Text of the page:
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Two charged with murder of retired professor they met on Scruff

Philip Brewer Christina Joel Hardy accused murder Curtis Engeland
Riverside County Sheriff’s Office; Washington State Patrol

From left: Philip Brewer, Christina Hardy, and Curtis England

The two are also accused of stealing tens of thousands of dollars and buying a car with the man’s credit card.

Police have arrested two people they say poisoned and fatally stabbed a retired university professor in Washington State they first met on the gay dating and hookup app Scruff.

Philip Brewer, 32, and Christina Hardy, 47, were arrested Thursday in California in connection with the robbery and murder of Curtis Engeland, 74, of Mercer Island, Wash. Engeland was reported missing by his family February 24, and his body was located March 7 near Cosmopolis, Wash.

Brewer and Hardy are charged with first-degree murder, first-degree kidnapping, first-degree theft, and identity theft.

Police said the pair “concocted a scheme to kill the victim and then move into his home, all while taking over his financial accounts and making extravagant purchases just hours after killing him,” according to court documents seen by Daily Mail and other media outlets.

Brewer and Engeland first met on Scruff in January and had a first date at a Starbucks the same month, according to court documents. The pair later had a date at Engeland’s home on Mercer Island to watch a movie, but Engeland fell asleep at some point. When he awoke, he found Brewer gone and his cell phone, car and safe deposit box keys, credit cards, and money missing. He called police and reported the thefts.

Over the next several weeks, tens of thousands of dollars were siphoned from Engeland, court documents say. One notable alleged expenditure was the purchase of a car for $25,000 using one of Engeland’s credit cards.

Police believe Brewer and Hardy confronted Engeland at his home on February 23, poisoned him with an injection of fentanyl, stabbed him in the neck, and dumped his body in Cosmopolis. The pair then moved into Engeland’s home and sent text messages to themselves to confuse authorities, according to police. They sent texts to Engeland’s family and friends saying he would be gone for “the next three to six weeks” and that he was renting out part of the house to a person named “Christina” while he was gone.

One of those friends, a man romantically involved with Engeland and who was planning on moving in with him, received a text at 3 a.m. the next day. He told investigators he found the text “suspicious in nature due to the time and subject matter,” according to court documents. He reported Engeland missing and said Brewer and Hardy were now living in his home.

When police arrived at the residence, they found Brewer, Hardy, and her son. They told authorities Engeland was gone but had permitted them to use his home and car in his absence. During the interview, Engeland’s siblings arrived. Like the suspicious friend, they also were alarmed by the texts they had received, noting that their brother was a retired English professor who “always texted in complete, grammatically correct sentences.” Brewer, Hardy, and her son vacated the property at the behest of the siblings, and police immediately began their investigation.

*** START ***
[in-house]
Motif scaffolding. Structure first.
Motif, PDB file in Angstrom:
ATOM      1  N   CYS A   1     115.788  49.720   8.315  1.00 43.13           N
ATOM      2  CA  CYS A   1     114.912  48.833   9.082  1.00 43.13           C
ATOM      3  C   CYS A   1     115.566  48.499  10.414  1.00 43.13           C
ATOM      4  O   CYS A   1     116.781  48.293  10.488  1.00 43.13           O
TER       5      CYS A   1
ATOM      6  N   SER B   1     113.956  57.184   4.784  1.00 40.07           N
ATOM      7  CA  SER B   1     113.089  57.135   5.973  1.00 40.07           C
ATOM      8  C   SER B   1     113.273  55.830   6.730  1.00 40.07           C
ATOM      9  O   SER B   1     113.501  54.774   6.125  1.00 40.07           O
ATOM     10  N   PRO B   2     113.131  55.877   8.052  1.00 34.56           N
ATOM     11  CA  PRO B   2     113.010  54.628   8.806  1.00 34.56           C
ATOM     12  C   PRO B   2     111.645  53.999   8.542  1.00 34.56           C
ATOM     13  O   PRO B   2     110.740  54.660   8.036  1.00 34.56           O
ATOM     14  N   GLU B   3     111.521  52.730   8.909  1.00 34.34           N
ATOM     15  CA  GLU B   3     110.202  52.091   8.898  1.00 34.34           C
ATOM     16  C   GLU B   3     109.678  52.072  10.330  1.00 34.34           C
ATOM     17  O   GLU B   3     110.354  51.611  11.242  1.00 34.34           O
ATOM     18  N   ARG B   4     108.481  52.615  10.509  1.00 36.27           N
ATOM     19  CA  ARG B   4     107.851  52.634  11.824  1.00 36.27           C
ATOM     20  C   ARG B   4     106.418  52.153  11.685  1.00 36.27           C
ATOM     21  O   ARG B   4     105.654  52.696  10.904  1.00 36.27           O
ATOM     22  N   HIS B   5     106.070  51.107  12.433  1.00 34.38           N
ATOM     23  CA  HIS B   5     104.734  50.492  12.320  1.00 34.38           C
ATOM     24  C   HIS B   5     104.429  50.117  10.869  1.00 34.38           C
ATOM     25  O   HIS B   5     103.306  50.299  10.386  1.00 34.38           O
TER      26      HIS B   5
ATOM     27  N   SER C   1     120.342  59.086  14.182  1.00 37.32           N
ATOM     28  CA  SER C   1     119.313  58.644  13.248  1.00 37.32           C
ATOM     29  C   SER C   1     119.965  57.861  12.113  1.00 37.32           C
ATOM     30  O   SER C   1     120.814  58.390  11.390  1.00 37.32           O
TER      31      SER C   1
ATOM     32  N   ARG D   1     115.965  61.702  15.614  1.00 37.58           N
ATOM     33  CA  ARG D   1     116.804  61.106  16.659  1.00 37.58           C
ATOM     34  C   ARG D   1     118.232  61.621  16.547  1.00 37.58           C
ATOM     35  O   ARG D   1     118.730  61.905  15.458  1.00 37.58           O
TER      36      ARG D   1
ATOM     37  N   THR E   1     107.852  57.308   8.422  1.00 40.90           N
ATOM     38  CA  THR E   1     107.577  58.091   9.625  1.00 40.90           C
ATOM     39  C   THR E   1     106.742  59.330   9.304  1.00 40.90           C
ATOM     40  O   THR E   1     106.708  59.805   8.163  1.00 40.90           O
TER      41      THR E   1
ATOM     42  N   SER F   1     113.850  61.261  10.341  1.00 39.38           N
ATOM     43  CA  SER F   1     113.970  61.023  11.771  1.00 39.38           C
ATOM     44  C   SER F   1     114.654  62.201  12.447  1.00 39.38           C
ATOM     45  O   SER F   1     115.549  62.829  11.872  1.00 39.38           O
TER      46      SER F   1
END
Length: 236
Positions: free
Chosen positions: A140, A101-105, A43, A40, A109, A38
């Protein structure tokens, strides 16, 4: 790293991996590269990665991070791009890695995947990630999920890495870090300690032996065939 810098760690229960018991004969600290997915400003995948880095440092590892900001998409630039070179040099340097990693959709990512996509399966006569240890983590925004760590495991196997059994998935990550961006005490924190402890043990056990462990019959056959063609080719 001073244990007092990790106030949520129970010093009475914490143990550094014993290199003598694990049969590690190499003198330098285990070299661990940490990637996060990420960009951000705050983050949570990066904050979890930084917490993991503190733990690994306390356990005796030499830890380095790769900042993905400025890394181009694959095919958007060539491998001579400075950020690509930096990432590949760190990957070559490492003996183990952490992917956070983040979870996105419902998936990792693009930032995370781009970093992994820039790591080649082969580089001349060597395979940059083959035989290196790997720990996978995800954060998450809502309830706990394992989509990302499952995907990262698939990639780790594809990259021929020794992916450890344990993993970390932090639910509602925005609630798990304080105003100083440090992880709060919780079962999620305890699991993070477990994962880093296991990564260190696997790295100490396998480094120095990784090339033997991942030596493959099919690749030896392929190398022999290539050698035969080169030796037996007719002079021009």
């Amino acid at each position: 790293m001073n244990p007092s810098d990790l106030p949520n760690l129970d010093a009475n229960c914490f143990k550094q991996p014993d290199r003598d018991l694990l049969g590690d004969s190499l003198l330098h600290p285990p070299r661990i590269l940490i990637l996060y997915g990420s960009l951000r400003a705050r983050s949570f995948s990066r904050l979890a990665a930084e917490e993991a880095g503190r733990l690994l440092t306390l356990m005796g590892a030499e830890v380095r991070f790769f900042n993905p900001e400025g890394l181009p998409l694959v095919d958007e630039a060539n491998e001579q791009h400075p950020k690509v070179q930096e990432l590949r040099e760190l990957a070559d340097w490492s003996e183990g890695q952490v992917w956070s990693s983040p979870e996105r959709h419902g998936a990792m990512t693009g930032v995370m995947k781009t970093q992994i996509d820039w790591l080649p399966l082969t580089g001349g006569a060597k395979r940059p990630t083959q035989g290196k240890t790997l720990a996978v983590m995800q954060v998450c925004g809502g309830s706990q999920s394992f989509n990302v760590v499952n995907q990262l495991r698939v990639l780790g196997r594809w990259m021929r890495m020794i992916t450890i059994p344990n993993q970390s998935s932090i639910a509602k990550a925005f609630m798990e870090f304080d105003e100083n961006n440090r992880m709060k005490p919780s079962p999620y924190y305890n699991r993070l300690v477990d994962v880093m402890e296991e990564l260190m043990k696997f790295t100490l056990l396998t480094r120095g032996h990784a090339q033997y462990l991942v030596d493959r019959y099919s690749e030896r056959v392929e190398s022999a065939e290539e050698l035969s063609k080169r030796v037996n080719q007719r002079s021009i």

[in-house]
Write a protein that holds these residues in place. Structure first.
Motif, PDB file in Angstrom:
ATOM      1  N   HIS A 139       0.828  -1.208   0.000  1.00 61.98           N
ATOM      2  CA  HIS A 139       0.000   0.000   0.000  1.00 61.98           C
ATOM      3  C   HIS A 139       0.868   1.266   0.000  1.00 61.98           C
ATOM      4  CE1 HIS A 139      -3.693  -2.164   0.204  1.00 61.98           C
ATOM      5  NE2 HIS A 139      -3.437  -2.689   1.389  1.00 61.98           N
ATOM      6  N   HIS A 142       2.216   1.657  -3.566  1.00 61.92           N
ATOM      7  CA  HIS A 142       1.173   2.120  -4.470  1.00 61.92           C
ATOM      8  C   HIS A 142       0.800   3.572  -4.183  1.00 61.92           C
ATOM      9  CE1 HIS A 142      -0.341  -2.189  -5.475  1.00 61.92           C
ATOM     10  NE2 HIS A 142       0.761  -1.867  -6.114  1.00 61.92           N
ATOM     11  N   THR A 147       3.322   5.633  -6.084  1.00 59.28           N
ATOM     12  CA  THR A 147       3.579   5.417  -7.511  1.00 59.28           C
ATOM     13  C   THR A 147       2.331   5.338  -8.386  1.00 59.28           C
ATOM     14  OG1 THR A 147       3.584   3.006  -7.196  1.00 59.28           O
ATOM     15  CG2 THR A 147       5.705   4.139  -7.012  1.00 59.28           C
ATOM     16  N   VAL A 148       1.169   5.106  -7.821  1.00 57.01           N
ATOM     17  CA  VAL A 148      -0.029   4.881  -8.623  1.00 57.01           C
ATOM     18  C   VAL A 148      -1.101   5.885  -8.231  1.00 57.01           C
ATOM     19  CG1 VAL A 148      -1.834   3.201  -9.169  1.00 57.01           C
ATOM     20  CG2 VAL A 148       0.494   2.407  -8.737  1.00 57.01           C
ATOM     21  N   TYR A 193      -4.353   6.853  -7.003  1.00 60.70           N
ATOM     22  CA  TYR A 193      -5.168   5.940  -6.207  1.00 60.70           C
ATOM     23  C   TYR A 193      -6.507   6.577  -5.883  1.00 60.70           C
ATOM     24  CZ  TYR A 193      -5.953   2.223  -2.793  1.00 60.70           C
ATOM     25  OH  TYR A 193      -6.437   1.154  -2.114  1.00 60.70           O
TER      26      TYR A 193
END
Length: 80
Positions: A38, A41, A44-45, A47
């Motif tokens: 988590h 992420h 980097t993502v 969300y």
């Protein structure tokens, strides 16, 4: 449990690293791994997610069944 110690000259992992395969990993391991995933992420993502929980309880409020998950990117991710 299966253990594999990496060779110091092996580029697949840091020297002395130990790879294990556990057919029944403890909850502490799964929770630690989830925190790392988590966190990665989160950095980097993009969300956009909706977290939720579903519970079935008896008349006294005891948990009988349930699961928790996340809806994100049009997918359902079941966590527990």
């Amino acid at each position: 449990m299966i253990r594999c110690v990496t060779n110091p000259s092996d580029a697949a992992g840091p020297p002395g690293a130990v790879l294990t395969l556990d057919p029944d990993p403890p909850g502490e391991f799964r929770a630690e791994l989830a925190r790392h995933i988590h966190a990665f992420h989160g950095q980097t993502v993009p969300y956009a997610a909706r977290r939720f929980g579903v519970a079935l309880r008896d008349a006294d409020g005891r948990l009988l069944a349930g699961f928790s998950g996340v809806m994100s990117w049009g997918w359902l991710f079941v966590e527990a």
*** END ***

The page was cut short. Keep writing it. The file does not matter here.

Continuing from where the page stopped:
Not long after, Engeland’s vehicle was found in a supermarket parking lot with a bloodstained box in the truck bed.

The big break in the case came last Thursday. A man was pulled over for speeding by the California Highway Patrol near the desert town of Blythe on the Arizona border. The man said he was dating Hardy’s daughter and was on the run from Brewer and Hardy, who were staying with him. He claimed the pair confessed to killing Engeland by poisoning and stabbing him, and then dumping the body. Police said the fleeing man told them the pair planned on kidnapping Hardy's daughter to take her back to Washington, as they knew they were going to jail and wanted the daughter to watch over Hardy’s other children.

Brewer and Hardy were arrested the same day in California. They will be extradited to Washington to face trial.

“First and foremost, we must acknowledge Mr. Engeland’s family – when this incident was first reported to police as a missing person, we hoped for a better outcome,” Mercer Island Police Chief Ed Holmes said in a statement. “The family remained determined to help our investigation over the past few weeks and we hope some comfort can be found through the hard work being done to bring justice for Curtis and his loved ones.”

Engeland’s neighbor of over 10 years, Laurie Goeken, told radio station KIRO he had lived alone since his husband passed away several years earlier.

“He was a friend of ours, a neighbor, and just a wonderful person all around,” Goeken told KIRO. “Just a very, very special person. An avid gardener and a hiker.”

She said everyone who knew him was immediately suspicious about his disappearance.

“The fact that he was missing was highly, highly unusual,” Goeken said. “He had cats that he loved. And we would look after his cats when he was gone. He would look after ours. He would never leave them unattended.”

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